Mr. Shubin has done more in one act to protect our police and military forces than many of today's politicians--or, dare I say, the entire staff of Washington Post--have done in their entire lifetime.
For that, I mourn the passing of this humble man:
Lester D. Shubin, 84, a Justice Department researcher who turned a DuPont fabric intended for tires into the first truly effective bulletproof vests, saving the lives of more than 3,000 law enforcement officers, died after a heart attack at his Fairfax County home.
Mr. Shubin was working at the National Institute for Justice, the research and development branch of the Justice Department, in the early 1970s when DuPont came out with a fabric that was to replace steel belting on high-speed tires.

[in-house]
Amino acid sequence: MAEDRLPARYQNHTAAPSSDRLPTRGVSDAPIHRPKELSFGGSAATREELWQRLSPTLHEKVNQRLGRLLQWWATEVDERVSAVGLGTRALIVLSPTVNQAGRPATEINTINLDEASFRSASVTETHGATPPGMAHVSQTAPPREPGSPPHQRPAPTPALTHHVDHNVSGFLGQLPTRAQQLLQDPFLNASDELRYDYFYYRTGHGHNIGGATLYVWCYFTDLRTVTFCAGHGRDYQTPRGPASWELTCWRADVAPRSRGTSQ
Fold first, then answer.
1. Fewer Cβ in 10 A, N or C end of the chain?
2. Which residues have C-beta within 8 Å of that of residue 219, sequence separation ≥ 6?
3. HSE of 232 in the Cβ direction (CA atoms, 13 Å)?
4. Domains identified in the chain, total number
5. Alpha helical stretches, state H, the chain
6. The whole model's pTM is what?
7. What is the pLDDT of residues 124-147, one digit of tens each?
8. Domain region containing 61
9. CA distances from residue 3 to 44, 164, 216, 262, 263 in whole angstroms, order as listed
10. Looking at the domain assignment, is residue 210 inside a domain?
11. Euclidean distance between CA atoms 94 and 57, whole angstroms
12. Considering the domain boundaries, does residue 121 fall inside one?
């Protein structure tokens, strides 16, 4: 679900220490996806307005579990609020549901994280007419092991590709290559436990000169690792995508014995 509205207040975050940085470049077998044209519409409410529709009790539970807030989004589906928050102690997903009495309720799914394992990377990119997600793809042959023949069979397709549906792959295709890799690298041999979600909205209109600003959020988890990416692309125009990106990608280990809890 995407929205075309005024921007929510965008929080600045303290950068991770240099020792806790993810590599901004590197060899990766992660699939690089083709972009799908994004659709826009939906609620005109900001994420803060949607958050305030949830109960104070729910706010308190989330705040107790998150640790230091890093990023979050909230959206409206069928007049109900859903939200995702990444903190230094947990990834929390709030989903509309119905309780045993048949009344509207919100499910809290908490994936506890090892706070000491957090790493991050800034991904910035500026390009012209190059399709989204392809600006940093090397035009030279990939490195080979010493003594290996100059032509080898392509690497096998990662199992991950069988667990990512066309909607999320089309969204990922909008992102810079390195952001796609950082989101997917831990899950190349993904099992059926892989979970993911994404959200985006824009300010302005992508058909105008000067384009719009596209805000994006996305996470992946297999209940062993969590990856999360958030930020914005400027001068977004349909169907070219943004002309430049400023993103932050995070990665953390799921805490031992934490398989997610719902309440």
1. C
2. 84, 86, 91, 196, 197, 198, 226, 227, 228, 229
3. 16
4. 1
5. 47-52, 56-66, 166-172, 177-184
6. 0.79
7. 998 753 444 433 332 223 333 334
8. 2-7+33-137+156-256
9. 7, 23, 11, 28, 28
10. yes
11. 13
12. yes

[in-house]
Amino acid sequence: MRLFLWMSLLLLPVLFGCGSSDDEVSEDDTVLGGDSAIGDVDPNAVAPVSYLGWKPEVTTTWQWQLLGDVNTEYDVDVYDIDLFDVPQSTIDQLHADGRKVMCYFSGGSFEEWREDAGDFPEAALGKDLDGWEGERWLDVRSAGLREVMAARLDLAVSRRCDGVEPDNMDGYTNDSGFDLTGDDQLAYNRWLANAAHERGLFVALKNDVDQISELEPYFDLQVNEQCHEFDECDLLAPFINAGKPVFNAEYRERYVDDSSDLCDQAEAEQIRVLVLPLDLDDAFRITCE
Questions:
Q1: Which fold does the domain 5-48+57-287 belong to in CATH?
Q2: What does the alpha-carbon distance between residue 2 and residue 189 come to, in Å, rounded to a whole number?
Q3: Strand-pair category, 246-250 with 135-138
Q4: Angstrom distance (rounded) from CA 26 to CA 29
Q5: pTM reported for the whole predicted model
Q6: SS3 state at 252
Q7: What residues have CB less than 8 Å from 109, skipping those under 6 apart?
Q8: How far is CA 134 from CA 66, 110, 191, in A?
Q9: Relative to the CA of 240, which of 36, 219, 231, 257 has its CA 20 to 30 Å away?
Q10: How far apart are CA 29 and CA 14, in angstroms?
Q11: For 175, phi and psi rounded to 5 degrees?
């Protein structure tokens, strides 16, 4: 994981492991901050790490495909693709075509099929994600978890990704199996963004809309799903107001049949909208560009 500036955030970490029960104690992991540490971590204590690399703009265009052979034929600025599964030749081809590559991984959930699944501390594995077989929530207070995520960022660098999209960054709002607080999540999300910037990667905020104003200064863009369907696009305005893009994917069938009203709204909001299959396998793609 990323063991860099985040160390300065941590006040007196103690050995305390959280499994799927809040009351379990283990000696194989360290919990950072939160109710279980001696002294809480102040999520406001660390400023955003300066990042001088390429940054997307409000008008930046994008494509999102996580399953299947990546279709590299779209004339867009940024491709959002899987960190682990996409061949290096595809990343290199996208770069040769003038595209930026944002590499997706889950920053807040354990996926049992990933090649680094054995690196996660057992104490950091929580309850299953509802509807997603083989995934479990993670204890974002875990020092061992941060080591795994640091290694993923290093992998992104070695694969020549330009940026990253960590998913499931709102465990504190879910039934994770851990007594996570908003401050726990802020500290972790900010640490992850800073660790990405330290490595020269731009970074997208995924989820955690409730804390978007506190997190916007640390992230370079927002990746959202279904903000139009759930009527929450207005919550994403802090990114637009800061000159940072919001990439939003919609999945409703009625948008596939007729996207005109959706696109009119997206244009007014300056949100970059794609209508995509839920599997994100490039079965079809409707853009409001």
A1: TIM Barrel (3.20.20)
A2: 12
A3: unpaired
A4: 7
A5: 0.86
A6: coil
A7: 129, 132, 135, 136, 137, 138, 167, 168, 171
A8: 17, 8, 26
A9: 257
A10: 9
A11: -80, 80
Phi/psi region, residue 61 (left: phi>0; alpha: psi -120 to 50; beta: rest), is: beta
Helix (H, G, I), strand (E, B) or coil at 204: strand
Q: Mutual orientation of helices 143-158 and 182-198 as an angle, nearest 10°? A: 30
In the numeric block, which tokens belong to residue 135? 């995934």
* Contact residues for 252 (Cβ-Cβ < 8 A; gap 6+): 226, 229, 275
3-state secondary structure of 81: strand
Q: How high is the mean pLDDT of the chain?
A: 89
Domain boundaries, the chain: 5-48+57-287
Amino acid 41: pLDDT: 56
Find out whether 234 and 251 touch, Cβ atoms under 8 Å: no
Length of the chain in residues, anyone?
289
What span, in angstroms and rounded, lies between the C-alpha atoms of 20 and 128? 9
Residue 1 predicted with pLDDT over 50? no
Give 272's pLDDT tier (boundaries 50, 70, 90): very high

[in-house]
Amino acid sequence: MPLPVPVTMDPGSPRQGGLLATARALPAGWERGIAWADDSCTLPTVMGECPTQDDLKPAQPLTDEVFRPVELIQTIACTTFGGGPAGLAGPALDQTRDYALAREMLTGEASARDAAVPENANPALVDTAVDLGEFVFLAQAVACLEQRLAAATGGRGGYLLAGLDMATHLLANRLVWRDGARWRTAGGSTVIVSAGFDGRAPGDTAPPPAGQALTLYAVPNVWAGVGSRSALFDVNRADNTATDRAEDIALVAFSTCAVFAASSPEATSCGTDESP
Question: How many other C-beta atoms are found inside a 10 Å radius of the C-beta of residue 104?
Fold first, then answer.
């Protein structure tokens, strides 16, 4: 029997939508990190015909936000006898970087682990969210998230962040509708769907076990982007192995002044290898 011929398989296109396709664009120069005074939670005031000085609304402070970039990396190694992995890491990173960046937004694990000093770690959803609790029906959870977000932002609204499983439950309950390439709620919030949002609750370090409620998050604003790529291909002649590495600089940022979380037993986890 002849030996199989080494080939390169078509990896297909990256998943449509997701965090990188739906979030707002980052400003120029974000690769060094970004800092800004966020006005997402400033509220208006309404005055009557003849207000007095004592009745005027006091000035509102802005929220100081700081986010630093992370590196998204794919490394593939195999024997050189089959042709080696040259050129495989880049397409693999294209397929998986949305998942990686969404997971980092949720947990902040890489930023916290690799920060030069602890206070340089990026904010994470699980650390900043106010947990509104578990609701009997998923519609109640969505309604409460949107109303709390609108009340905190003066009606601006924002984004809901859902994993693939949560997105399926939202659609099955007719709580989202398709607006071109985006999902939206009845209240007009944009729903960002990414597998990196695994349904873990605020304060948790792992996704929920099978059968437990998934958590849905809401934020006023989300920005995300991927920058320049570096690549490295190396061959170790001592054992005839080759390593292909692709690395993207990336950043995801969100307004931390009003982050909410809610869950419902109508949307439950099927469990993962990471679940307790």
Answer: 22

Kevlar was different; it worked by deforming the bullet, spreading its energy as it hit the body armor. It wasn't perfect. It protected against 80 to 85 percent of the handguns then on the market, not rifles, and a wearer could suffer bruises or broken bones. But it saved lives.
Mr. Shubin went back to the Justice Department to wrest $5 million in research money out of the bureaucracy, and Montanarelli began developing the tests. They wanted their vest to be not only strong but also lighter than earlier versions and flexible enough so that police officers and soldiers could work in it.
Be sure to click on over to read the rest of this fascinating story.
And thanks to my friends at Fairfax Underground for the link.